Waiting for our table at the Park Hyatt Paris-Vendôme’s Le Pur’ restaurant, we had a feeling of overwhelming luxury. Show the rest of this post…
Welcomed for a cocktail at the bar while our table was being prepared, everyone knew who we were, when we were eating and were happy to help with our every question or request. It might have been what you’d expect from a Michelin-starred restaurant led by Jean-François Rouquette but attention to detail from all the staff was really impressive.
After arriving a little early, we had expected we’d maybe be seated upon arrival, but when we were asked to our table on the dot of 8pm it became apparent why the staff held us back. Treated to an extended 12-course taster menu, it was obvious the kitchen had been preparing our meal for some time. After a few minutes to settle and take in the ambiance, we were served the tasting wine for our first course before the dishes started to come out of the kitchen.
Kicking off as Jean-François Rouquette meant to go on, duck foie gras lollypops accompanied a fantastic amuse bouche. Though the foie gras might have been a little rich for anyone not used to the rich taste, the amuse bouche blew us away. Including a mini steak tartar, black and white sesame sticks and two other elements, the tartar was so flavourful yet subtly seasoned I could have had it as a main, while the sesame sticks were the perfect side accompaniment.
After tasting two beautifully creamy butters for the breads that popped up throughout the dinner, the next course was a French cheese with garden peas, crumble and a fish jelly. Served a very measured amount of the cheese, not too much for those who aren’t big dairy eaters but enough to take in the strong flavours, they were an interesting pairing with the jelly, the textures proving surprisingly complementary.
Moving towards the main, the next course was a duck foie gras ravioli in a delicious root broth with garden herbs, paired with a wonderfully crisp 2007 Kiraldyurvard Sec white wine from Hungary. Broth often struggles with feeling bland when it is a side element but here it set the ravioli off even more. Two strong flavours in the ravioli might have been too much for your palette but the dish was delicate enough to avoid overpowering, and with just five of them, the perfect amount considering the number of courses left.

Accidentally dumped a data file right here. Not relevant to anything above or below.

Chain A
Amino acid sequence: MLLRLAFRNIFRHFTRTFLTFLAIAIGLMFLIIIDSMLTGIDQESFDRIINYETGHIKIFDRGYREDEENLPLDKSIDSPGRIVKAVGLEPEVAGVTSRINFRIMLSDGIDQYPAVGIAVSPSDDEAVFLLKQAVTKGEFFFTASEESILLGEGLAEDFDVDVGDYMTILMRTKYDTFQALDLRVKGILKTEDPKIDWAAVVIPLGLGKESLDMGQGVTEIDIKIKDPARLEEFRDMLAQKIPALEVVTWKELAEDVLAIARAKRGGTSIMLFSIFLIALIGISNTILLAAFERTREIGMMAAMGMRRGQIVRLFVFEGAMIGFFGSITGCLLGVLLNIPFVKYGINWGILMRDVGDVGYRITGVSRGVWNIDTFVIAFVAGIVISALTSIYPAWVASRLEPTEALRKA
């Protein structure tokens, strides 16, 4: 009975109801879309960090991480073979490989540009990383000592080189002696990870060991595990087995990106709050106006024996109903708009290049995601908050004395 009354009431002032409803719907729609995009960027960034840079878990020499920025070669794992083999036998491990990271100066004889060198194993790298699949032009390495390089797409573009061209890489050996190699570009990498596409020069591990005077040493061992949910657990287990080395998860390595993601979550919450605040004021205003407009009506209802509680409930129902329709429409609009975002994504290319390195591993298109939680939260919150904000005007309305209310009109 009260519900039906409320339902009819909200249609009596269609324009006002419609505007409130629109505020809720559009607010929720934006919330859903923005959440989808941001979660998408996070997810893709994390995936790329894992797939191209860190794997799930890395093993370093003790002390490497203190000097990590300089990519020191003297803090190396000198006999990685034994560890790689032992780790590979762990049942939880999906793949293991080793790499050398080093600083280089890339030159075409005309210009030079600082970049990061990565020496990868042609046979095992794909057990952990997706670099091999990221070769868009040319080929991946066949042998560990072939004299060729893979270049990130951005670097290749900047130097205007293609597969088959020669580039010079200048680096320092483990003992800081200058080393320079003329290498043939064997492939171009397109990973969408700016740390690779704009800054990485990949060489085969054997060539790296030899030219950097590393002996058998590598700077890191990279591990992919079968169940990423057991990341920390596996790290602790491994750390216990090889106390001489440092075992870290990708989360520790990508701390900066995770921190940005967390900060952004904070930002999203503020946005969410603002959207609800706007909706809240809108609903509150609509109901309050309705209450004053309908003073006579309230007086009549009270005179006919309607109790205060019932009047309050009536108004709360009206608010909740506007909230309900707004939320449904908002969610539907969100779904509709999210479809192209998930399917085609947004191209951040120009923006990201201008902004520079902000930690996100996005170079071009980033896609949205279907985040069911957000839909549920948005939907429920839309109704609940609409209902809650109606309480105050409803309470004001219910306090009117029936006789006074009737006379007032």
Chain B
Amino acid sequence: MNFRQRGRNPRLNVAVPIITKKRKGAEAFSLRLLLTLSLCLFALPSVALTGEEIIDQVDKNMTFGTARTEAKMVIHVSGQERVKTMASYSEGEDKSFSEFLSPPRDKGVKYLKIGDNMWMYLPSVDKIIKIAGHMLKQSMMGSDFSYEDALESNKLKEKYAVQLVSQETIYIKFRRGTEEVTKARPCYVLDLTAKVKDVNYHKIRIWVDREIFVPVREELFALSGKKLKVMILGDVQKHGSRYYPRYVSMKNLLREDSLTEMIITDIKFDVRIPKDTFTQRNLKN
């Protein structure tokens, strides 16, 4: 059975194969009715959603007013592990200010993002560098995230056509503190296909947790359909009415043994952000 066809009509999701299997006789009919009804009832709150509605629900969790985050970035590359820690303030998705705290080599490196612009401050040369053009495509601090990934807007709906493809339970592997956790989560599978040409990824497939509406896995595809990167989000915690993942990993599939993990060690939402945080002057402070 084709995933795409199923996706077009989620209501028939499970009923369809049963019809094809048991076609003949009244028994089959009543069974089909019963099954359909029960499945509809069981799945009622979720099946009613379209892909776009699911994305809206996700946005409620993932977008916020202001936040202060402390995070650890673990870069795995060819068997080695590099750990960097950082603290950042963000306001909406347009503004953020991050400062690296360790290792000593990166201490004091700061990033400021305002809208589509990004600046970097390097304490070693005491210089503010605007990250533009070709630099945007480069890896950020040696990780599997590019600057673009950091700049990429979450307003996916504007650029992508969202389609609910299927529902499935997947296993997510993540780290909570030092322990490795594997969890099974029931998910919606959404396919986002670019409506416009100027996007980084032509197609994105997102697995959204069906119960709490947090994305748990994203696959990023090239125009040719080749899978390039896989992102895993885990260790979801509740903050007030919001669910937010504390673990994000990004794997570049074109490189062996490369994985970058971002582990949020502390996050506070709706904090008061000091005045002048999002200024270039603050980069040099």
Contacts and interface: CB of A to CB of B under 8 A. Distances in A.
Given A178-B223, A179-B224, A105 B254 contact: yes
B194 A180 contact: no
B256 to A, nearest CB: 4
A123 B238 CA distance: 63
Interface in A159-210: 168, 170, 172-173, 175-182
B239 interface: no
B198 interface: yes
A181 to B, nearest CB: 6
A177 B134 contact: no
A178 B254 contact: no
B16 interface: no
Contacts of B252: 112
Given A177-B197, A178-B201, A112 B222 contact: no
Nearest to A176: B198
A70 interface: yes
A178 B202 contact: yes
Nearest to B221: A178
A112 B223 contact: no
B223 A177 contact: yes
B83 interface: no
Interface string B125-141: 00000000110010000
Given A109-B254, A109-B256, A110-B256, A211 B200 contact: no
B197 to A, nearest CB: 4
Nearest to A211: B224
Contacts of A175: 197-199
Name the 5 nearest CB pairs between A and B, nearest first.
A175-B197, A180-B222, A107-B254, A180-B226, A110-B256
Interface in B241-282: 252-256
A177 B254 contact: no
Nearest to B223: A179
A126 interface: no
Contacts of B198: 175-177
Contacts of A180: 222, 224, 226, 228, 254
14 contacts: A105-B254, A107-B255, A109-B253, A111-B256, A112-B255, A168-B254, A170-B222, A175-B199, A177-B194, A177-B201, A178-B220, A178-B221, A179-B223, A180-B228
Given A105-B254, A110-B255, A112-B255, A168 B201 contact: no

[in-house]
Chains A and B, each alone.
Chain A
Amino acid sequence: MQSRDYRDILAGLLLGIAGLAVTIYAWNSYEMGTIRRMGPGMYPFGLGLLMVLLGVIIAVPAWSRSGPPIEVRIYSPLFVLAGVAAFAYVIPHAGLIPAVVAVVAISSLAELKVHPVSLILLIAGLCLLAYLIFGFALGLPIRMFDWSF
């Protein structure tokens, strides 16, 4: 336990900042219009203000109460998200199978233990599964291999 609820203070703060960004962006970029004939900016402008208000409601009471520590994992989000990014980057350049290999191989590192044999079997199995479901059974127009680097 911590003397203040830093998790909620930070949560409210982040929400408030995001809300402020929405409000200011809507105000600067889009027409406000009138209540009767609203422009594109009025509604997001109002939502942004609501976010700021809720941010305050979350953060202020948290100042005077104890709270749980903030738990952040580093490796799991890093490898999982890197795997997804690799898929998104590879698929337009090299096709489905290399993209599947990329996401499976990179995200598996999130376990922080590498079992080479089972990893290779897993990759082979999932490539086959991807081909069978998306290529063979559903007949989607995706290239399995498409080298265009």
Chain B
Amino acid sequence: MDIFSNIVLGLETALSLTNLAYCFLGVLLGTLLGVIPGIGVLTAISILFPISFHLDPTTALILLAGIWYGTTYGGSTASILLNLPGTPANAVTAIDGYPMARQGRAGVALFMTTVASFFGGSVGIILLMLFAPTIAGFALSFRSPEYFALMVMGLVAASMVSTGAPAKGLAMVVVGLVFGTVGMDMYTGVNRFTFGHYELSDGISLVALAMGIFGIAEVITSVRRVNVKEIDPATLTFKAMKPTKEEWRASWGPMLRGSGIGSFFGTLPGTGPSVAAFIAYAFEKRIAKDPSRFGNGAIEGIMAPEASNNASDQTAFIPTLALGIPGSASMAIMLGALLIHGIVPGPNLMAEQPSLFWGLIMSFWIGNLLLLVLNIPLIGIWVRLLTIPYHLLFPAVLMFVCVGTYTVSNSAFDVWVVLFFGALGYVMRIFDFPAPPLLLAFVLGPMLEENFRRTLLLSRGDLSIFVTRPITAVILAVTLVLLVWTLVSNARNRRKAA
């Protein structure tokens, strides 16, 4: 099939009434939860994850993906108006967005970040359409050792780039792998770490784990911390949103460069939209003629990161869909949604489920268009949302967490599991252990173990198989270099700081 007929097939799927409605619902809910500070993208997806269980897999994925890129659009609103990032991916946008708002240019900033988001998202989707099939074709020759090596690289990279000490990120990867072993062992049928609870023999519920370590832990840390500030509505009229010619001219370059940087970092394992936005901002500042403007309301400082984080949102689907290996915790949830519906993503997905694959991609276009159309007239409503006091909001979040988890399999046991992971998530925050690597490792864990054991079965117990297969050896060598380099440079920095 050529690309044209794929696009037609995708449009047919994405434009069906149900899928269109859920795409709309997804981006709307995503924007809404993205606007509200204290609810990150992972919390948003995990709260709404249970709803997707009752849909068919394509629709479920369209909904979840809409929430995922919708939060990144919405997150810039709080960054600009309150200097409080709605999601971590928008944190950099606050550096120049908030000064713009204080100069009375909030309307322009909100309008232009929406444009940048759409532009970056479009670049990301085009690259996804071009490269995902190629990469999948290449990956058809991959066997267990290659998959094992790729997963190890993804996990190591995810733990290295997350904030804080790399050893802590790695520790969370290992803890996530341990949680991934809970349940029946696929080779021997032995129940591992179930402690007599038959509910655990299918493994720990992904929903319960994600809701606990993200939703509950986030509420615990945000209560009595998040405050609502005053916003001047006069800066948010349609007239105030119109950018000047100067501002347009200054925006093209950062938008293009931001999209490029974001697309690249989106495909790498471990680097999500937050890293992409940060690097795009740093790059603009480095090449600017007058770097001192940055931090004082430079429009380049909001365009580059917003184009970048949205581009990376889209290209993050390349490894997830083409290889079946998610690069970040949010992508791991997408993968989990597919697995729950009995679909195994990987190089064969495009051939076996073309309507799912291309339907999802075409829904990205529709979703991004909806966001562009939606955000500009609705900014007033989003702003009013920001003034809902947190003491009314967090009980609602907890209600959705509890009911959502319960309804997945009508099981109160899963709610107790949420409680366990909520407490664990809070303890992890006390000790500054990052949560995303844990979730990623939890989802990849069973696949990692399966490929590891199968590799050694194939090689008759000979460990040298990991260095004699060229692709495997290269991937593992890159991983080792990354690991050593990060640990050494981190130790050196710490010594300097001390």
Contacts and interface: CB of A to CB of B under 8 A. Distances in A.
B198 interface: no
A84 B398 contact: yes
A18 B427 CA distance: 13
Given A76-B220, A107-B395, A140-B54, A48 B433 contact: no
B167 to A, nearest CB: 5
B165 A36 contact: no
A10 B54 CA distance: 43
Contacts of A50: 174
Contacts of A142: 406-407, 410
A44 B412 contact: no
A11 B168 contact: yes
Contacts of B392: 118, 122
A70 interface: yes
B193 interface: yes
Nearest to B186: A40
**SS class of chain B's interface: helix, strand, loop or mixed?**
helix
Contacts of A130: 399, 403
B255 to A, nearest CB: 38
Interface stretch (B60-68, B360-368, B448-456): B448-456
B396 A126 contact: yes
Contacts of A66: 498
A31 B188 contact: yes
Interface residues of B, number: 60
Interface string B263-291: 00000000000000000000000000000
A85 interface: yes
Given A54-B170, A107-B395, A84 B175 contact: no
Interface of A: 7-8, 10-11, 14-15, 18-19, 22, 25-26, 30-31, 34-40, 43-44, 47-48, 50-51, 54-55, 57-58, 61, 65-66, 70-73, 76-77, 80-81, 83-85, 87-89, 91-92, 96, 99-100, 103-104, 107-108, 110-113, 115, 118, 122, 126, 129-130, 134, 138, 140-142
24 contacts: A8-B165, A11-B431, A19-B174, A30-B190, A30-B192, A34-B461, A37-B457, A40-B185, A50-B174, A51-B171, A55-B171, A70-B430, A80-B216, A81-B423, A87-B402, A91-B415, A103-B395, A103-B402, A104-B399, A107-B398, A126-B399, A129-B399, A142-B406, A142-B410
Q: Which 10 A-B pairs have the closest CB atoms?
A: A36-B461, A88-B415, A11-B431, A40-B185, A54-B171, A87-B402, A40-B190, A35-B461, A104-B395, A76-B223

After quite rich starters the next two courses were the perfect to refresh the palette. Accompanied by a 2011 Schiste from Coteau de Cevins, green and white asparagus from Mallemort were served with souffléed revered rice, coconut milk and lemon zest to complete one of the most delicate and delicious courses of the dinner. Its freshness was matched by another beautiful course to follow.
By this point we had grown hugely impressed by the paired wines with each course, and the next was no different. Alongside a plump yet delicate poached/grilled anglerfish, served with broad beans arabica tonka and white and green Swiss chard, the wine to match was perfect. Complementing the taste of the fish with some sharper notes the 2009 Clos Saint Philibert Monopole was one of the best white wines I’ve ever had.
Though by now we were starting to get a little full, the next course was the best of the night. Served with French toast with speck and salsifi with cocoa butter and pickled pears, the clutch of medallions of sautéed venison was one of the best meat dishes of my whole life. Like a knife through butter, the venison was so tender and delicate to say it was cooked to perfect would be an understatement. Keeping up appearances, the paired 2010 Clos Lalfert wine was similarly impressive.
As I’m not a big cheese eater, I was a little worries by another cheese course before the deserts, but the Beaufort cheese and chicory went down with ease before a part of the menu we had been looking forward to since the start.
Desert is often where chefs can show off their creativity and the three-part end to our fantastic tasting menu paid testament to that. The first was a creamed chocolate with Mexican vanilla and berry jus, delicately flavoured so it wasn’t over sweet.
The showpiece, however, was a dark chocolate leaf filled with a light mascarpone mouse, served alongside tangerine preserved in ginger syrup. While there were two on the plate I could have eaten another 10, impressive considering we’d long-lost count of what course we were on, such was the ease at which they slipped down the throat. Each came with yet more delicious paired wines.
Accompanied by a sumptuous Ethiopian Moka espresso, the final course was an amuse-bouche of mini doughnut fingers, almond sponge and dipped ice cream lollypops.
After 12 courses I don’t think you need question whether we were full, but thanks to the measured portions it stayed just on the right side of being comfortable – after the tasting wines, we were feeling a little tipsy too – but what stood out was the restaurant as a whole. The food was a fantastic mix of fine dining, conceptual flavours and a home-cooked warmth. Given space to take in the ambience and enjoy the company of your fellow guests, tables are placed with a lavish amount of room to breathe as Le Pur’ easily ranks amongst the very best restaurants we’ve ever dined at. I’d heartily recommend opting for the tasting menu as the flow of dishes and service from the exceptional staff really makes it feel like a special experience.
Without a doubt we will be going back and I won’t be surprised if by then, head chef Jean-François Rouquette is showing off a second Michelin star on the door.
Booking information can be found on the Le Pur’ website: www.paris-restaurant-pur.fr
Le Pur’, Park Hyatt Paris-Vendôme, 5 Rue de la Paix, 75002 Paris